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Thursday, December 20, 2012

All About Herbal Tinctures

A tincture by definition is an herbal alcohol solution. Herbalists believe tinctures to be a benefit by combining the benefits of a topical medicine and aroma therapy. Although SOME can be taken orally as well. However, do your research before ingesting anything! Some herbs are toxic and ingesting them can be very dangerous!

Tinctures will vary in portions of herbs vs alcohol, but are at LEAST 45% alcohol and 25% herbs. According to the United States Pharmacological Convention anything with lower than 45% alcohol is NOT considered a Tincture, but infusions.

Herbalists generally believe herbal tinctures to be more powerful and longer lasting than dried herbs. They are also more effective in releasing all the medical components from the plant than other methods of using herbs. Active ingredients from the plants are more easily extracted by alcohol than by other liquids and they do not loose their potency as they do when heated, as in tea.

Also, by making they yourself you're able to both control the quality of the product and save money. Because you control the purity and quality of the herbs and alcohol used you know exactly what you're getting. But you are also able to skip the up-charges and "middle man" fees. So it's really a win win. And even better - you're able to create mixes and blends that are perfect for you!

Most herbs are considered to be more potent and produce better tinctures when fresh, however there are a few which MUST be dried first... Other herbal tinctures require time to age before they are of any real value. A small amount of research goes a long way as each herb is different. General recipes for tinctures will give you a basic foundation for understanding tincture creation, but for the best result you should find a specific recipe.

While actual amounts will vary from herb to herb, if you can't find an exact recipe you can use a basic recipe. For dried herbs this means a 1:5 ratio with alcohol (1pt herbs to 5pt alcohol) and a 1:2 ratio for fresh. Tinctures made from dried herbs to have less than the 25% herb volume usually required for tincture classification, but because they are concentrated they are in fact still considered to be properly made.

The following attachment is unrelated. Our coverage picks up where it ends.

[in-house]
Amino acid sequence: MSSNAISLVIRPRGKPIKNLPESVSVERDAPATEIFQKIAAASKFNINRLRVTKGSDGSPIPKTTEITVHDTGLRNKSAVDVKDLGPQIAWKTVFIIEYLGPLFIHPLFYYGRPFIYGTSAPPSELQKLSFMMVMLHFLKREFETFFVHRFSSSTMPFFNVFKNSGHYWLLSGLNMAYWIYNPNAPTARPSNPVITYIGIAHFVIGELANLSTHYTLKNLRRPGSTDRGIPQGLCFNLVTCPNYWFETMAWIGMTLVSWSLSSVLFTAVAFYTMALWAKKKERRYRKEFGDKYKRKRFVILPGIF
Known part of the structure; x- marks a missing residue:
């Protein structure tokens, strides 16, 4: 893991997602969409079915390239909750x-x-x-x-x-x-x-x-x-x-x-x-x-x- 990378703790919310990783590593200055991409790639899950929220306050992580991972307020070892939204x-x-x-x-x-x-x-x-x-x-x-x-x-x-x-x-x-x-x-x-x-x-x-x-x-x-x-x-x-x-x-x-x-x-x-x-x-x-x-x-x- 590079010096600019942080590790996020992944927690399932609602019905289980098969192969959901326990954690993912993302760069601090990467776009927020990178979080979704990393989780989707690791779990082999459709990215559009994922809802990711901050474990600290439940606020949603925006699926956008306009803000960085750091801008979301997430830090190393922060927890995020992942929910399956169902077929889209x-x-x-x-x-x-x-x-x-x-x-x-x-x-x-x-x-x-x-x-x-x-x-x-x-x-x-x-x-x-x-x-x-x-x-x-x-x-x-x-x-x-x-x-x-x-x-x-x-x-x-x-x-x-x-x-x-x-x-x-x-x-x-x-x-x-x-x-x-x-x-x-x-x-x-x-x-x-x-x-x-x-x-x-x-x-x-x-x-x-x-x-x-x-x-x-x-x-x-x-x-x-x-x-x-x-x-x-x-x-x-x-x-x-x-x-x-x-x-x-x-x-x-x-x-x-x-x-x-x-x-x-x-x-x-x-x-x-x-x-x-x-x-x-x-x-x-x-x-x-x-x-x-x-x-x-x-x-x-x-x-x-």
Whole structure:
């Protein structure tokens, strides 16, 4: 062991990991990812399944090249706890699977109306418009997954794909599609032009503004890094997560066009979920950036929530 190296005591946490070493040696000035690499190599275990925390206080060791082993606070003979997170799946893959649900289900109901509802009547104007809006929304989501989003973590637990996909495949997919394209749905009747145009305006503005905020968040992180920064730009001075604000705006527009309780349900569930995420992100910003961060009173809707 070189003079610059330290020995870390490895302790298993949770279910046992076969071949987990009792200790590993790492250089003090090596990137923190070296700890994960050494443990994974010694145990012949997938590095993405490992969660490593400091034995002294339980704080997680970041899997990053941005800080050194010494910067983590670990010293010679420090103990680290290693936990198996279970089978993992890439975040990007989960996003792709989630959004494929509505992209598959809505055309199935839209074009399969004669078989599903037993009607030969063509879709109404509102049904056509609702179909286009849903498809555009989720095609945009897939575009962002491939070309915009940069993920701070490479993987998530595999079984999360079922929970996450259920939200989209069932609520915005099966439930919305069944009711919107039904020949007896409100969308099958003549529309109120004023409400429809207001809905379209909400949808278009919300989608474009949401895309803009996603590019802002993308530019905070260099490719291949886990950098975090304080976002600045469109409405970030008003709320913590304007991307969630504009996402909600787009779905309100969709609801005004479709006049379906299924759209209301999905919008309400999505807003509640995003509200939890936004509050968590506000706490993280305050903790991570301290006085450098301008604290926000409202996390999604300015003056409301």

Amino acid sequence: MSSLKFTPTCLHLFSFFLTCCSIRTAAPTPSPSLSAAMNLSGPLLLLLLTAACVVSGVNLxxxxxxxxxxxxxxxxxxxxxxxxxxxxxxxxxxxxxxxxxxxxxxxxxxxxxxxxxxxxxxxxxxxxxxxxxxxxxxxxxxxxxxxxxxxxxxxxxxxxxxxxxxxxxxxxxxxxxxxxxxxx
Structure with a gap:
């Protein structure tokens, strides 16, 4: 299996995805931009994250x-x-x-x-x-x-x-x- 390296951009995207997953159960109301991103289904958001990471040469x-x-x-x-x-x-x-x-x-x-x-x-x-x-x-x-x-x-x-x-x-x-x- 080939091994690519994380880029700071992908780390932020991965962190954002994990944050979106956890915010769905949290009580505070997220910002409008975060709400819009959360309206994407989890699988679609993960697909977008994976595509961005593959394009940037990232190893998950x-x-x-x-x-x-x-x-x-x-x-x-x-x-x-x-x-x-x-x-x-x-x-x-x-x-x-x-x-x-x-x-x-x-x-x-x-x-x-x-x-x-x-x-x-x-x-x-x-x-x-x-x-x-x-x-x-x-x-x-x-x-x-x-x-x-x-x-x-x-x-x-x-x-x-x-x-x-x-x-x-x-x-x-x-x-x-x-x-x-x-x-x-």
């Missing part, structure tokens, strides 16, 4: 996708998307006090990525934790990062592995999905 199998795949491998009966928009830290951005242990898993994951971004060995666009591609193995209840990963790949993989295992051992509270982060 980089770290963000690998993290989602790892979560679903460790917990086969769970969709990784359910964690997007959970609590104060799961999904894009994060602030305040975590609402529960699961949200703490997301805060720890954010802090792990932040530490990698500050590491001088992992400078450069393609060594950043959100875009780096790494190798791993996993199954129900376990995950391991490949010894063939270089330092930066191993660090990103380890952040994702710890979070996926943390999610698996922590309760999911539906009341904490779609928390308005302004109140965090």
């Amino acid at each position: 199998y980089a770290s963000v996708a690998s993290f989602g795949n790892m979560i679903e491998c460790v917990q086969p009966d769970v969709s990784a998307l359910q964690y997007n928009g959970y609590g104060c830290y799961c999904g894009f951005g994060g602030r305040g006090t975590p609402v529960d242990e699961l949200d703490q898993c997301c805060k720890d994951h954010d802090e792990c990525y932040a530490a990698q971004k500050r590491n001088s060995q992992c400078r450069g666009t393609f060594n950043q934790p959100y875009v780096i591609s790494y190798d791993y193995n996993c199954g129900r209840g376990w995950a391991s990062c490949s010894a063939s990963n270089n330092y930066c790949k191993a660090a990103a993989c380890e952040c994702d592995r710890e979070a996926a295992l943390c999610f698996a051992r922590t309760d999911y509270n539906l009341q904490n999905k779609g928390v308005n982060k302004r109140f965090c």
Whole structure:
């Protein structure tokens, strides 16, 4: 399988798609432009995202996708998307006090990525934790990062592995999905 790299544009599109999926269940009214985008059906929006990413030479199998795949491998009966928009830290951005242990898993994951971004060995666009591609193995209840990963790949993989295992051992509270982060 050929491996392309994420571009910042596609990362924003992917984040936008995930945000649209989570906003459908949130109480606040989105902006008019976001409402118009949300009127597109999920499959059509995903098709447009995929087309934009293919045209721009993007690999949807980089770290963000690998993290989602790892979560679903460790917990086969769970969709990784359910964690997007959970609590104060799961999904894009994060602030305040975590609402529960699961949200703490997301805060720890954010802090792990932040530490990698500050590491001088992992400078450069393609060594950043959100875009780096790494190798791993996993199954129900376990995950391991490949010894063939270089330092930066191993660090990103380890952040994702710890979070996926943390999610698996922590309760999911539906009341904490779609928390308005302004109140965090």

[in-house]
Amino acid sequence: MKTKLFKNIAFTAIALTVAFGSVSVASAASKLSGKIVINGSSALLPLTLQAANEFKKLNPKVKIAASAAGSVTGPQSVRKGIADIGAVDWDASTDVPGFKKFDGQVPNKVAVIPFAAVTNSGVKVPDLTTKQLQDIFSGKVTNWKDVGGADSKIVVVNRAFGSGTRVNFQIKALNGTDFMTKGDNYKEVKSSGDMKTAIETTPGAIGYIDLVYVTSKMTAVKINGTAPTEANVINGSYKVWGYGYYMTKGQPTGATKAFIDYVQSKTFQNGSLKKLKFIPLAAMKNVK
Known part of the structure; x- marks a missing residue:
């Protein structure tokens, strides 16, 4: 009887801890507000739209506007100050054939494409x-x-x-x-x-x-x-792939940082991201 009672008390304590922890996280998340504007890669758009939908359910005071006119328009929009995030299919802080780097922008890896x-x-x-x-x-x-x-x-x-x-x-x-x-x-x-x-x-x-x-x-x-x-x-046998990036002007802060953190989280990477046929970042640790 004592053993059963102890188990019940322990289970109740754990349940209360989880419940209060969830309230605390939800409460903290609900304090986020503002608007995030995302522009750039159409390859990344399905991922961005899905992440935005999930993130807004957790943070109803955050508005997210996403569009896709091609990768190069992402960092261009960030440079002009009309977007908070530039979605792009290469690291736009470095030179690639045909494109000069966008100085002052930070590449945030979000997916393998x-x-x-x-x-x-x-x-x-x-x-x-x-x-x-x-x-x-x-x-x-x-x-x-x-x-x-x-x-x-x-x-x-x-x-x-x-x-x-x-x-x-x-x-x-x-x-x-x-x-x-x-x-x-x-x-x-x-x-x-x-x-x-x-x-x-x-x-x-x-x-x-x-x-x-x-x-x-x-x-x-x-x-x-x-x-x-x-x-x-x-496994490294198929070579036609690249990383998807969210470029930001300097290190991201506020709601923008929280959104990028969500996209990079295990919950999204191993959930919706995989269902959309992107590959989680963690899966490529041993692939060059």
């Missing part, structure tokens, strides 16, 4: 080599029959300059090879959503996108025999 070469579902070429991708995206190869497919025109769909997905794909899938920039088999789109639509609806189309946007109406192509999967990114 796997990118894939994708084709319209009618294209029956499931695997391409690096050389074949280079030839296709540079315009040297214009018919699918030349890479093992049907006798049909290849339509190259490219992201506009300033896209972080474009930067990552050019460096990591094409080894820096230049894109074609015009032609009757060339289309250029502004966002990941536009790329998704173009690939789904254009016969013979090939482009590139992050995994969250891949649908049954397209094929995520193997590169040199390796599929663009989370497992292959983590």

This is the video that really got me in to making tinctures. It's a little funky, but the information is great!

Basic Herbal Tincture Prep.

You will need:
  • Sterilized Mason jar with tightly fitting lid.
  • Coffee Grinder, Blender, Knife or Something Equal
  • Herb either dried or fresh
  • 80 - 100 proof Alcohol (Vodka or Rum are common)
  • Small Dark Glass Dropper Bottles
  • Cheese Cloth
  • Marker & Labels
What to do:

  1. Chop Fresh or Dried Herbs as finely as possible. Coffee grinders, Food processors, Blenders or a simple knife work. The finer the better.
    **Herbs which are chopped or powdered more easily allow for the plant materials to be extracted. 
  2. Decide how much alcohol is needed by weighing plant materials.
  3. Place plant materials in jar & cover with proper amount of alcohol.
  4. Seal the jar with lid. Label and Date. And place in cool, dry, dark place. 
  5. Shake jar each day for two weeks.
  6. After two week, strain the tincture using cheesecloth or similar product. 
  7. Tinctures are usually stored in small dark glass, dropper bottles. Poor strained alcohol in to final labeled bottle. Store in cool, dry, dark area.

Additional Tips:
  • 200g of dried herbs or 300g of fresh chopped herbs will need aprox. 1l of liquid.
  • For tinctures which will be ingested, Rum will help disguise the taste of bitter herbs.
  • Standard oral dosage is 1 teaspoon, 1-3 times daily, diluted in tea, juice or water.
  • Tinctures can last up to 2 years if stored properly. 

The BEST place I know of to buy Herbs is Mountain Rose Herbs! Unless you can find them locally, or grow your own!


**Originally Written and Posted on my One Witch's Wonderland Blog, which has since closed.

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